Narrative Style in Conrad's Heart of Darkness

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Narrative Style in Conrad’s Heart of Darkness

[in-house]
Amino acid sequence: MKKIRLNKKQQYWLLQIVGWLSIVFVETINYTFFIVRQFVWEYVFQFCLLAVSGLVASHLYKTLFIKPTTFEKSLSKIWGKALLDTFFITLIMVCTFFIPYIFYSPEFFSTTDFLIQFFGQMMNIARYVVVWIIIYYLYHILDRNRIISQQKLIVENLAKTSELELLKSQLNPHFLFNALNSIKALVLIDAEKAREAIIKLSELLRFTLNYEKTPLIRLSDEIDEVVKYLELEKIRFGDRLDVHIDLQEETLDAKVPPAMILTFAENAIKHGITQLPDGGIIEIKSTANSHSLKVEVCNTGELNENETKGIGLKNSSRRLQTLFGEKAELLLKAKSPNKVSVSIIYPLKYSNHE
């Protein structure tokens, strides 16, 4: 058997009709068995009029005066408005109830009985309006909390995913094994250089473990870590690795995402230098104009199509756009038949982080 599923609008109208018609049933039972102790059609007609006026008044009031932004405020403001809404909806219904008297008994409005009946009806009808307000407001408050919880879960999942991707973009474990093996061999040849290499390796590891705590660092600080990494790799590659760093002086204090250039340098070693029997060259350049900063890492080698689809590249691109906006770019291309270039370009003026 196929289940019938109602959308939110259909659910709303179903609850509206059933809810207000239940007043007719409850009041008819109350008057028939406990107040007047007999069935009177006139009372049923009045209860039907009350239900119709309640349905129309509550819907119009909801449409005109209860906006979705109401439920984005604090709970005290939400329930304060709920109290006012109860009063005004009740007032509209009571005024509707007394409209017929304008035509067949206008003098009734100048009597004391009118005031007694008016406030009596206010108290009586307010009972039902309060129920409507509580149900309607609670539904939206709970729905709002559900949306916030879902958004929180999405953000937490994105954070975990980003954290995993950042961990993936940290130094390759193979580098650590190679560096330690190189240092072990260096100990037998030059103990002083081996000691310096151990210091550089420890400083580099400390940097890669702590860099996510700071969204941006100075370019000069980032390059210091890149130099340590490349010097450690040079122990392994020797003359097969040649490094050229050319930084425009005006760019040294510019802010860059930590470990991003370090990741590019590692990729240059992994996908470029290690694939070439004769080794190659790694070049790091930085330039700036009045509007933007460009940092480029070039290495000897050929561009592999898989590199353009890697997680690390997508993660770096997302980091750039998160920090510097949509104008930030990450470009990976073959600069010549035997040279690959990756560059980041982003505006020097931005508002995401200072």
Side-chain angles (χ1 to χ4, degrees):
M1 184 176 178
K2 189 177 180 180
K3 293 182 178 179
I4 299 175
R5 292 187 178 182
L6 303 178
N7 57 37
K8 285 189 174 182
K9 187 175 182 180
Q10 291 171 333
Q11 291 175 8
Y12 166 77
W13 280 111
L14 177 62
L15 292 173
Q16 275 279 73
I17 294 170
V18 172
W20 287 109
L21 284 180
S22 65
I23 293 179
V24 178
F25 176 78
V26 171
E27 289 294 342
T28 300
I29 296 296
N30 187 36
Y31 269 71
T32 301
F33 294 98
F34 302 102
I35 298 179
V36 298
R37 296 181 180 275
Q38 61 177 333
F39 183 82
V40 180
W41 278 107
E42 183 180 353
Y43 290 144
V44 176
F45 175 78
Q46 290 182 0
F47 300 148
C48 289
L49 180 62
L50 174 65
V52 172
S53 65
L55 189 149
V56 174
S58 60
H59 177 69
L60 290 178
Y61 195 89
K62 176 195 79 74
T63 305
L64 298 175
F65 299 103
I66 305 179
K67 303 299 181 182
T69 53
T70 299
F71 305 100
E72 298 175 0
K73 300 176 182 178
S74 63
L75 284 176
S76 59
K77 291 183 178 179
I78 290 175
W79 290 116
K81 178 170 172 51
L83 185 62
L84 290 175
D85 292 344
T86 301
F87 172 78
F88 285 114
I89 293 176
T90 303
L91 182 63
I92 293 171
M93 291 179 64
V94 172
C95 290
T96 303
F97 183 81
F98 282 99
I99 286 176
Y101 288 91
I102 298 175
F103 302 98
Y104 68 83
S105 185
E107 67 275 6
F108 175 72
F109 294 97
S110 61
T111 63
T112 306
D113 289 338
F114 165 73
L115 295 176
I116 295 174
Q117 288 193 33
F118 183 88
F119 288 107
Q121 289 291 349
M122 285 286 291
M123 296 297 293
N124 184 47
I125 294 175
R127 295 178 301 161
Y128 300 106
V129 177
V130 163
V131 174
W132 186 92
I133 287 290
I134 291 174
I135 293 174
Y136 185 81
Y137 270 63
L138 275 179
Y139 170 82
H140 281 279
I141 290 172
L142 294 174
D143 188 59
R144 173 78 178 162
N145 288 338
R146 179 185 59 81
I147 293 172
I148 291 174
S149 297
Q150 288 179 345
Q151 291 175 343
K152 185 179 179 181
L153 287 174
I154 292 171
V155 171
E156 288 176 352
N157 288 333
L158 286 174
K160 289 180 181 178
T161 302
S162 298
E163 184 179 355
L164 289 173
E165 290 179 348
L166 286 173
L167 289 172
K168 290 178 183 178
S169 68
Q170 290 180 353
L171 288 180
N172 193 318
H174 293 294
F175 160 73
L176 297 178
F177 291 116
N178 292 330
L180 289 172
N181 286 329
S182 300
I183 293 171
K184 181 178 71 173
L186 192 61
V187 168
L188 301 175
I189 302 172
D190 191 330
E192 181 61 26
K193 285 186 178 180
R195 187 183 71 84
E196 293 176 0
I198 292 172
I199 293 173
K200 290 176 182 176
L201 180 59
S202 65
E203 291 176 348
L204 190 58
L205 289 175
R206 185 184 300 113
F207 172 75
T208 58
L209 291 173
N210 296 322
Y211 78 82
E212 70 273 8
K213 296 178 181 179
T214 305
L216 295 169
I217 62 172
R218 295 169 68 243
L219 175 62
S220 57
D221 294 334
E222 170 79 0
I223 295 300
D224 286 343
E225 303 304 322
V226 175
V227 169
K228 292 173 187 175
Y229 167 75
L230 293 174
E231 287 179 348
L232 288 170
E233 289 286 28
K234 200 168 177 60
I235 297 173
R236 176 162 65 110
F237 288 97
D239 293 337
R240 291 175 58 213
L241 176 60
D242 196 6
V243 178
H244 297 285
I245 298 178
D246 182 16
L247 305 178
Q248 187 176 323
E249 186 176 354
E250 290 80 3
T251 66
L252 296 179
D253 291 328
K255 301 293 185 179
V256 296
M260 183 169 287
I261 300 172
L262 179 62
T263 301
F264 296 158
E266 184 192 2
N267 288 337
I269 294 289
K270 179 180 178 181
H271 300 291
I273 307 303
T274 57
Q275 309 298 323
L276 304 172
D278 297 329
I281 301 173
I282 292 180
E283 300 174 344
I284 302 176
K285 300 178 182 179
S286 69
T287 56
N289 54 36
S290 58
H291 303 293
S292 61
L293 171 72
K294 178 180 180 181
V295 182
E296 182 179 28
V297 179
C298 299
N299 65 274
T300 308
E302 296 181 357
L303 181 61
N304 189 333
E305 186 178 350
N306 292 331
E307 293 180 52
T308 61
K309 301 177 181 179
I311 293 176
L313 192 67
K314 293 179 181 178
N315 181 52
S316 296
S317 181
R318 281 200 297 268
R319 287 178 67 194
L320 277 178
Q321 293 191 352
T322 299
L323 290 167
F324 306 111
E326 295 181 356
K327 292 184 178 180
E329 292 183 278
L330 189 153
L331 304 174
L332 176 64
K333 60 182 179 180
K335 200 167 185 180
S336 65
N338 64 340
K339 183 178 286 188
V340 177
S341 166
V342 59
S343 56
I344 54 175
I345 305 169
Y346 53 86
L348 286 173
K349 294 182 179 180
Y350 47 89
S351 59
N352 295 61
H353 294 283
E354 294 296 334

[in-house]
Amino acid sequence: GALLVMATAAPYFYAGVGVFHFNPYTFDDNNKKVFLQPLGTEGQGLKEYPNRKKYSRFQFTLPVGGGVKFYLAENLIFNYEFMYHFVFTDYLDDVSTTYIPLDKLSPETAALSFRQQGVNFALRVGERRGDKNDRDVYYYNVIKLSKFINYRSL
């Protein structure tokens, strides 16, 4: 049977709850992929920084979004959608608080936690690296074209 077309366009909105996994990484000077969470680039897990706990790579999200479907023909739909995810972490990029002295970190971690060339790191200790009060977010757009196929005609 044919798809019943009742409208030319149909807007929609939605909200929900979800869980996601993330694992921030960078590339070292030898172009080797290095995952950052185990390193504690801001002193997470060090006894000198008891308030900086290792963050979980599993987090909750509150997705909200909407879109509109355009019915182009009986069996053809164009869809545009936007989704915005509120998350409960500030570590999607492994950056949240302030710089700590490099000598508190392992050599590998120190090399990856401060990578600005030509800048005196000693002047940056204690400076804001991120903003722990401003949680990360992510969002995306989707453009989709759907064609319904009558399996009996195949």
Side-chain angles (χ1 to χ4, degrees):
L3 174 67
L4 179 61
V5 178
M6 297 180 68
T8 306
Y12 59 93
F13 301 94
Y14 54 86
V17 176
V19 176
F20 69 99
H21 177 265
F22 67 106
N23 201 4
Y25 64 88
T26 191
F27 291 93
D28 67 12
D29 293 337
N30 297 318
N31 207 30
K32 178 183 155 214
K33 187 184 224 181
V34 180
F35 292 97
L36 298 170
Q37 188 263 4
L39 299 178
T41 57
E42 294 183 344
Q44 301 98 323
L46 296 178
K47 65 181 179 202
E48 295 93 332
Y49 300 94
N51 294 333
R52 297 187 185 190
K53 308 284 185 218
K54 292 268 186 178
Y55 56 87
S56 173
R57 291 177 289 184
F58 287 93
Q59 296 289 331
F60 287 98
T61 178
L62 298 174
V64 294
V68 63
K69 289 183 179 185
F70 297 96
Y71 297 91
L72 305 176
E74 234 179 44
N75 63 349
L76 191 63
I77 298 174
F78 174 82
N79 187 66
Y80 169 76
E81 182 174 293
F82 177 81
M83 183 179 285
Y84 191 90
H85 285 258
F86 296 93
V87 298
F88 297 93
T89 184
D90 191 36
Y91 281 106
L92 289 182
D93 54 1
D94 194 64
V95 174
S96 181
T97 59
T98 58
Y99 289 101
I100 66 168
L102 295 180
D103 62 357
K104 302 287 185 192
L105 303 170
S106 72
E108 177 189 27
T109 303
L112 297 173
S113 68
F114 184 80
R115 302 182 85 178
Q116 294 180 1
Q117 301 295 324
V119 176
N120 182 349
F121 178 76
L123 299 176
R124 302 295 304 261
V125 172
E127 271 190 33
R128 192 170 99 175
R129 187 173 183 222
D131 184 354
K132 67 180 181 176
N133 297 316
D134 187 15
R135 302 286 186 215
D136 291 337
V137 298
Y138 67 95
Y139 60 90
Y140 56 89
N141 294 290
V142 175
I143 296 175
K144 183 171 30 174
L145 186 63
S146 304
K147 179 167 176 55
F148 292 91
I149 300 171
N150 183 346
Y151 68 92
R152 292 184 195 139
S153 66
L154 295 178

The Heart of Darkness employs, broadly, a three framed narrative style. Conrad, the author, places an unnamed narrator aboard the Nellie with Marlow, who is the third narrator/frame. The unnamed narrator functions as both a teller of Marlow’s tale to us and a listener to Marlow. The significance of these frames can be analysed by looking at three effects which this arrangement produces. The usage of Marlow as narrator instead of Conrad himself became important due to Conrad’s anxiety to adopt an English point of view which had been denied to him largely. His self-consciousness as a Polish émigré and therefore an outsider reflected in his attempt at anglicising his name. Also well-known was his obsession with “fidelity to the truth of my own sensations” in his writings. The reconciliation of the two – an English point of view and the “truth” of his sensations, however, was impossible, simply because his view of the “civilizing work” in Africa was that it was “the criminality of inefficiency and pure selfishness” 1- a decidedly anti-British point of view. He wrote to his publisher about the bitterness and indignation he had felt during his Congo experience, at what he called was the “masquerading philanthropy”2 of the colonisers. Though English in name, Marlow was not, as Said puts it, “the wholly incorporated and fully acculturated Englishman” 3because of “an extraordinarily persistent, residual sense of his own exilic marginality.” 3 Aware that his ideological thrust would not be welcome to his English readers, Conrad strategically uses the trope that is Charles Marlow, a typical British seaman, to explore his reader’s cultural traits and values as an insider. He deliberately made Marlow stress out on British national character in “Youth” and in this way won the British audience over to his side. This layered narrative allowed Conrad to shows us his complex response to British imperialism. Thus, whereas Marlow preserves the myth of colonial sanctimony for the rest of Europe (represented here by Kurtz’s fiancé who considers him a beacon of light in the darkness that is Africa) by lying about Kurtz’s real nature, that is, his slaughtering of Africans for fulfilling his greed for ivory in the name of “civilization”, it is exactly by telling us that Marlow lies that Conrad shatters the same myth. Conrad’s narrative overshadows all the other frames or narratives, and since the lie is placed at the end of the book, he wants us to have a lasting impression of Marlow as a liar, without giving him a chance or space for redemption. Conrad reveals that the myth of colonial efficiency is exactly what it is- a myth. In the second place is the significance of the unnamed frame narrator. His most explicit function in the novel is to introduce us to the setting and the characters, amongst whom, he claims “is the bond of the sea”. (page 3) His attitude towards England is unmistakably idealizing- “the great spirit of the past upon the lower reaches of the Thames…”(page 4) and about the English sea heroes- “What greatness had not floated on the edge of that river into the mystery of an unknown earth.” (pp4) Such adoration serves the dual purpose of catering to the ideological mind-set of Conrad’s contemporary audience and, as the novella progresses, of letting Marlow contradict and attack his viewpoints with his insights inserted into the narration. Marlow’s strand of thought in the same discussion about England is contrasting- “this also… has been one of the darkest places of the earth”. Pp5 In using one kind of language in one narrative frame and counter-discoursing it in the other, Conrad maintains the ironic distance from the narrator that he desired. In Marlow’s impatience with his naïve listener and what Sumanyu Satpathy calls the frame narrator’s relative “intellectual inferiority4 Conrad subverts the classic frame narrative where the frame narrator had the highest authority, and...
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